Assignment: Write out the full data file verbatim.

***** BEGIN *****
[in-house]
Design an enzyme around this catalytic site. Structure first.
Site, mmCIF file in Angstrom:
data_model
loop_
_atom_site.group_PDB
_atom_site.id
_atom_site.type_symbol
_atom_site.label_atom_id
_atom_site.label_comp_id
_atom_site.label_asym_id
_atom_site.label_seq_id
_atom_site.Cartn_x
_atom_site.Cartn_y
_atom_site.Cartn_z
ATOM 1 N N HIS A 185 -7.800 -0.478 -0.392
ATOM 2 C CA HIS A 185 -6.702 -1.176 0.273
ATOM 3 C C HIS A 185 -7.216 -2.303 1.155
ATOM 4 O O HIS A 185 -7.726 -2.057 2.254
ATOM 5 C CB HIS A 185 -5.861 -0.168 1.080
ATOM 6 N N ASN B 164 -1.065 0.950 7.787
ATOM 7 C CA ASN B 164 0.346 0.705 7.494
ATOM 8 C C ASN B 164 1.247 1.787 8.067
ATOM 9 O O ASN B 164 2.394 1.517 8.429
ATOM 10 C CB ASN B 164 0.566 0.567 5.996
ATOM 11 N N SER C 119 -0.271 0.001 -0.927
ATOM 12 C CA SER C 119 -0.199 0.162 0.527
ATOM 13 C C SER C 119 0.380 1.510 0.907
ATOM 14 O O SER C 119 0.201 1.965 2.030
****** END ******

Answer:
[in-house]
Design an enzyme around this catalytic site. Structure first.
Site, mmCIF file in Angstrom:
data_model
loop_
_atom_site.group_PDB
_atom_site.id
_atom_site.type_symbol
_atom_site.label_atom_id
_atom_site.label_comp_id
_atom_site.label_asym_id
_atom_site.label_seq_id
_atom_site.Cartn_x
_atom_site.Cartn_y
_atom_site.Cartn_z
ATOM 1 N N HIS A 185 -7.800 -0.478 -0.392
ATOM 2 C CA HIS A 185 -6.702 -1.176 0.273
ATOM 3 C C HIS A 185 -7.216 -2.303 1.155
ATOM 4 O O HIS A 185 -7.726 -2.057 2.254
ATOM 5 C CB HIS A 185 -5.861 -0.168 1.080
ATOM 6 N N ASN B 164 -1.065 0.950 7.787
ATOM 7 C CA ASN B 164 0.346 0.705 7.494
ATOM 8 C C ASN B 164 1.247 1.787 8.067
ATOM 9 O O ASN B 164 2.394 1.517 8.429
ATOM 10 C CB ASN B 164 0.566 0.567 5.996
ATOM 11 N N SER C 119 -0.271 0.001 -0.927
ATOM 12 C CA SER C 119 -0.199 0.162 0.527
ATOM 13 C C SER C 119 0.380 1.510 0.907
ATOM 14 O O SER C 119 0.201 1.965 2.030